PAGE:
Coping Through Emotional Approach: Emerging Evidence for the Utility of Processing and Expressing Emotions in Responding to Stressors

Annette L. Stanton, Sarah J. Sullivan and Jennifer L. Austenfeld

in The Oxford Handbook of Positive Psychology

Second edition

Published in print July 2009 | ISBN: 9780195187243
Published online September 2012 | | DOI:
Coping Through Emotional Approach: Emerging Evidence for the Utility of Processing and Expressing Emotions in Responding to Stressors

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Emotional approach coping (EAC) is a construct encompassing the intentional use of emotional processing and emotional expression in efforts to manage adverse circumstances. The construct was developed in an attempt to reconcile a discrepancy between the empirical coping literature, in which an association between the use of emotion-focused coping and maladjustment often is reported, and literature in other areas describing the adaptive roles of emotional processing and expression. At least two significant limitations in the way emotion-focused coping has been operationalized help explain this discrepancy: widely disparate coping strategies, both approach-oriented and avoidance-oriented, are designated as emotion-focused coping in the literature, and some emotion-focused coping items in published measures are confounded with expressions of distress or self-deprecation.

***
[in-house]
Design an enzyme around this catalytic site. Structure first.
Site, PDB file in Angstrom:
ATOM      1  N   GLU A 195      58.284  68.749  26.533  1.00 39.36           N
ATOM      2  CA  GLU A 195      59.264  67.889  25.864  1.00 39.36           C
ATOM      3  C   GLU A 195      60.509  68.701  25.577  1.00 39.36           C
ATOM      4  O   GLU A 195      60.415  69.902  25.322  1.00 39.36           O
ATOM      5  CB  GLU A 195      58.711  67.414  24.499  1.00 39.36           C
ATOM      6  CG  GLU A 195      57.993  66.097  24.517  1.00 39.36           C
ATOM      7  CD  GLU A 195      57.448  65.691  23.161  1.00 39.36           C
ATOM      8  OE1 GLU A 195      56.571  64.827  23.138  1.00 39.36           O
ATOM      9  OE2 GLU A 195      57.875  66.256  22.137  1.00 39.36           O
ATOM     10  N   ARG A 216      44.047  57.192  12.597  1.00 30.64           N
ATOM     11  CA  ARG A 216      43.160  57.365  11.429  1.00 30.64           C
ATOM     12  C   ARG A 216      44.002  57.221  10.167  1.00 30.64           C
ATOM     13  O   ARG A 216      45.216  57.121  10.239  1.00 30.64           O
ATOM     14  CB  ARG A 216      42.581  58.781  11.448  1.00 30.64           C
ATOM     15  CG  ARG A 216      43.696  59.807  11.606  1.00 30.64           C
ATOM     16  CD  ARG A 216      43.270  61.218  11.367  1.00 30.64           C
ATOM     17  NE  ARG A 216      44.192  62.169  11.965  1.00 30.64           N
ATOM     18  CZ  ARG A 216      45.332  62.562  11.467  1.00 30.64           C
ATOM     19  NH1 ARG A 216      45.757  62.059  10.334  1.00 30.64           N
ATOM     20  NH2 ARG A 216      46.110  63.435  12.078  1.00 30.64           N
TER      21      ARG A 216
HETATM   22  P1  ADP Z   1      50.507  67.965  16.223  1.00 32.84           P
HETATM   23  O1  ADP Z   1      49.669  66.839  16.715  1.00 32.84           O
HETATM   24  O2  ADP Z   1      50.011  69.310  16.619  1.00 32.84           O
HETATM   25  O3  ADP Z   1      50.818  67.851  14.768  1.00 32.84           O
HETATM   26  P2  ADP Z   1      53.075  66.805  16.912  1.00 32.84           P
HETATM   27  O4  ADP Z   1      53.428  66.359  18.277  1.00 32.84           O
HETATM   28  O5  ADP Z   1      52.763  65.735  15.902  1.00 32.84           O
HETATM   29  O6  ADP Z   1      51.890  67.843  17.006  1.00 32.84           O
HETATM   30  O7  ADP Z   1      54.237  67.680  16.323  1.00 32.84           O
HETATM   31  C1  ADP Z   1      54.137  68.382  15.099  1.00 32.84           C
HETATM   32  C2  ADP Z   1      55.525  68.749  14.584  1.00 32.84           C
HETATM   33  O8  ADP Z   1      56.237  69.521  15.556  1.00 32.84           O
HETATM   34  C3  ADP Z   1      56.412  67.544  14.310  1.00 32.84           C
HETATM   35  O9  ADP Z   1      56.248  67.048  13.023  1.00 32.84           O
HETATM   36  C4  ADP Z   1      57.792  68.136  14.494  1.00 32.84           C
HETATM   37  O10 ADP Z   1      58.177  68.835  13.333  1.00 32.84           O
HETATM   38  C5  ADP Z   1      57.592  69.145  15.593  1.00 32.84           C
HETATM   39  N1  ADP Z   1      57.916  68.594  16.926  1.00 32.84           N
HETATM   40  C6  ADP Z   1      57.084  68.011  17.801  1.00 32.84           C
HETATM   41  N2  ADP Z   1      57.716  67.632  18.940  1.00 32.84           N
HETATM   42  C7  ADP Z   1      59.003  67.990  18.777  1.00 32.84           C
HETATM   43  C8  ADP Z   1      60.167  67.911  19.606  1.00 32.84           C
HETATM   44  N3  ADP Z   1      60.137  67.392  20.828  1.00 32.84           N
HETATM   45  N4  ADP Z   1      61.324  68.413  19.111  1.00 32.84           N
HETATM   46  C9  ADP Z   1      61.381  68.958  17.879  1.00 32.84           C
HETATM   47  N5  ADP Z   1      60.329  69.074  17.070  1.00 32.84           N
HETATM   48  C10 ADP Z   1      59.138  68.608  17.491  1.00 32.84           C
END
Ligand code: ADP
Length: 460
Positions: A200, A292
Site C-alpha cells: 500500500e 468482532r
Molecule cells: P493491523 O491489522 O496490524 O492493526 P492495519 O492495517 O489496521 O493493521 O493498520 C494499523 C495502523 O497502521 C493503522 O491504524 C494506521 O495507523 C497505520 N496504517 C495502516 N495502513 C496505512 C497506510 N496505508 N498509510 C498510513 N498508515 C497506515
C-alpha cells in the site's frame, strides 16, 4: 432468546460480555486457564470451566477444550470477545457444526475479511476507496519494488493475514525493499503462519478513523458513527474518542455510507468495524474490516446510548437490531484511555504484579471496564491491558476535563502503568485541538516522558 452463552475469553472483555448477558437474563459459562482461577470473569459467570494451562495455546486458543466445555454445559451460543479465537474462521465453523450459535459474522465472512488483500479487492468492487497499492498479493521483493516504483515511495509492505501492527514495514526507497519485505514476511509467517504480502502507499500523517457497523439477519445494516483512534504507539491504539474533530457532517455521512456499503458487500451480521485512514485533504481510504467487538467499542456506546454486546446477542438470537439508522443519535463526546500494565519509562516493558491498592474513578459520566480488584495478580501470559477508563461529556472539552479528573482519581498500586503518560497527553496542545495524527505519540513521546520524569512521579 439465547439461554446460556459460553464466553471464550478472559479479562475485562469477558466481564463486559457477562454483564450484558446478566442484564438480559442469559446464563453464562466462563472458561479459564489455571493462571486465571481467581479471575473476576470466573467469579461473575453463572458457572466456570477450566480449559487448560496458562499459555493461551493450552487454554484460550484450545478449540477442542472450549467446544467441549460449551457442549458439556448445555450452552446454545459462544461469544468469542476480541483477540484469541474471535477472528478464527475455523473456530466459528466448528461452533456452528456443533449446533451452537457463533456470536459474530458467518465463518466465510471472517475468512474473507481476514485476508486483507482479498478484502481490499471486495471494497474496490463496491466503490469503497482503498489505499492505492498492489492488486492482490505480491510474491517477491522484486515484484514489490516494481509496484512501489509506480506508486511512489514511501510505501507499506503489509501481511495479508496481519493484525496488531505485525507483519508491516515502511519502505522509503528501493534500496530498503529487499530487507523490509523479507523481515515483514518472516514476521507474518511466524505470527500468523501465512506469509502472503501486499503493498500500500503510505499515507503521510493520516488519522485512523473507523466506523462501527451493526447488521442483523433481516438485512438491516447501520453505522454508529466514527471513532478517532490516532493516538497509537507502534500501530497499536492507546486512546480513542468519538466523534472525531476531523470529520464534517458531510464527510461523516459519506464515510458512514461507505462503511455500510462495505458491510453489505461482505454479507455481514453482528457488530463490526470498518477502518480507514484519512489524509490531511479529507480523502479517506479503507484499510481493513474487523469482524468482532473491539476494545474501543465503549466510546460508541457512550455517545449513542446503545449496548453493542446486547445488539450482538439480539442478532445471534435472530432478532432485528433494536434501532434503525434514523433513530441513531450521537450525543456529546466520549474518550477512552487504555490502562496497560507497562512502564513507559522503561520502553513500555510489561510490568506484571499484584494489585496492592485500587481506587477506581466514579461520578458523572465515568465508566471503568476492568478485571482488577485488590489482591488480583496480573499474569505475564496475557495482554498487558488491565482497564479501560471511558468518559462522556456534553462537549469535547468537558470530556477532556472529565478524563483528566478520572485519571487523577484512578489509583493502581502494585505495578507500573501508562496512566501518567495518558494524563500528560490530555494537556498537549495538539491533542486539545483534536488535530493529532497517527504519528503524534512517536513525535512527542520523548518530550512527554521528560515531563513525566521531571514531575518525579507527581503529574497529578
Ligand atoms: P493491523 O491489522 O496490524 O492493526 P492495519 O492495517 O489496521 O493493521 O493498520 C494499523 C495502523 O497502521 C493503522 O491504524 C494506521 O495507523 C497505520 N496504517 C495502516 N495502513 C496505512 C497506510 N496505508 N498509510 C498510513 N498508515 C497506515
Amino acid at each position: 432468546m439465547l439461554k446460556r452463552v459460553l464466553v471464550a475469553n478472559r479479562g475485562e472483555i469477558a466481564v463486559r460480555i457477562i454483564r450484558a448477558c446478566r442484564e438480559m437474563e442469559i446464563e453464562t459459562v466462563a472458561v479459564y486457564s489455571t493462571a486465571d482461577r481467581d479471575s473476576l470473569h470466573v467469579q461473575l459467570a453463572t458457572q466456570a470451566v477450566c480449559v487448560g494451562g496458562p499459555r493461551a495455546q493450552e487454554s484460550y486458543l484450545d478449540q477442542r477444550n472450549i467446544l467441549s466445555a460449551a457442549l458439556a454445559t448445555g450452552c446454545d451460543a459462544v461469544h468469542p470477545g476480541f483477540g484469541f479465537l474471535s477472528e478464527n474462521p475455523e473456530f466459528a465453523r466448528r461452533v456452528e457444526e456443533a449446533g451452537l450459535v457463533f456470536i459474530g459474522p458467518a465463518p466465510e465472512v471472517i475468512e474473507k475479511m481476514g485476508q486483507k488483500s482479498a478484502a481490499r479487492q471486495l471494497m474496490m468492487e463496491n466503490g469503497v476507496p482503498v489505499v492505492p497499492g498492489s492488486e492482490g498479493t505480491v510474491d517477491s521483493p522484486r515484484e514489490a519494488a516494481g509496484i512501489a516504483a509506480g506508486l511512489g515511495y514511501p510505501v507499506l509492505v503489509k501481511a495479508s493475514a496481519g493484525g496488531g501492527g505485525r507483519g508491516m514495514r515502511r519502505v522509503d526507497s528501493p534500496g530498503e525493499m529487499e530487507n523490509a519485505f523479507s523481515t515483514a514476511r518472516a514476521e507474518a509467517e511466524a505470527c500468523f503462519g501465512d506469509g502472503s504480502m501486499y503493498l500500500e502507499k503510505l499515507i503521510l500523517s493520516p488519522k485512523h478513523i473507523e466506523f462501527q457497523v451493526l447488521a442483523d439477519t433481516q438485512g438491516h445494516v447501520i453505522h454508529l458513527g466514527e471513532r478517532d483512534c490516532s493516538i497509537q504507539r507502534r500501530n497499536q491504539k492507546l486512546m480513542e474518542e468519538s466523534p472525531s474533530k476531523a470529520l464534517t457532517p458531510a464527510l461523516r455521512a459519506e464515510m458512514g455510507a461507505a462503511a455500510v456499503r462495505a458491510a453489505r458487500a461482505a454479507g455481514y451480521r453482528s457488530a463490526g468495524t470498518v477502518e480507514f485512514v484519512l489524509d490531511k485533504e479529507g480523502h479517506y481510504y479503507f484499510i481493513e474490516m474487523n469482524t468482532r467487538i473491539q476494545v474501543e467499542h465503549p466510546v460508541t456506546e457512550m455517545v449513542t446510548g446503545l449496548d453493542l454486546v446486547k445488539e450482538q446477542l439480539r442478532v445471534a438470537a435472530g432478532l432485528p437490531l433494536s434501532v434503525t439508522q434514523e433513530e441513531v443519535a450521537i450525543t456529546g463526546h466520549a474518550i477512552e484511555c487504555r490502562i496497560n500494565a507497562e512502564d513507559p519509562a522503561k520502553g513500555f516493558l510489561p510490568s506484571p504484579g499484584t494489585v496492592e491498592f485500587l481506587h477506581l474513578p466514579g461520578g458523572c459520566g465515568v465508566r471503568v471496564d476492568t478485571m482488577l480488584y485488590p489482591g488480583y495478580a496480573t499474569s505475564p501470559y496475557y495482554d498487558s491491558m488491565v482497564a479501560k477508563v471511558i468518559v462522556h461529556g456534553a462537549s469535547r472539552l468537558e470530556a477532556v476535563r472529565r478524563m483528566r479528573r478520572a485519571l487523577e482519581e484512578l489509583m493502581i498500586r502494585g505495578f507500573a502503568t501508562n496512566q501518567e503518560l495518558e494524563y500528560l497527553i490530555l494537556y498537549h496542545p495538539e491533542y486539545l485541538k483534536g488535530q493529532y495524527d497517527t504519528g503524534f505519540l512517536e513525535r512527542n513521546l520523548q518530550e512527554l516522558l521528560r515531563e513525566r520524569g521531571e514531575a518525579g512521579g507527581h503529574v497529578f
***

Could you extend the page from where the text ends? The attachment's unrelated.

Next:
To address these problems in measurement, the EAC scale was developed. The measure includes two correlated but distinct subscales: Emotional Processing (i.e., attempts to acknowledge, explore, and understand emotions) and Emotional Expression (i.e., verbal and/or nonverbal efforts to communicate or symbolize emotional experience). Recent research using this psychometrically sound measure has provided evidence that EAC enhances adjustment to stressors including infertility, sexual assault, and breast cancer. The findings are not uniform, however, and further study of moderators such as the interpersonal context, the nature of the stressor, cognitive appraisals of the stressor, and individual differences is needed, along with additional study of mechanisms for the effects of EAC. Although emotional processing and expression are core components of many clinical approaches, specific measurement of EAC thus far has been limited to only a few clinical intervention trials. An understanding of who benefits from EAC in which contexts and how these benefits accrue will require continued integration of findings from stress and coping research, emotion science, and clinical studies.

Keywords: coping; emotion; emotional approach; stress

Article.  7389 words. 

Subjects: Psychology ; Social Psychology ; Clinical Psychology

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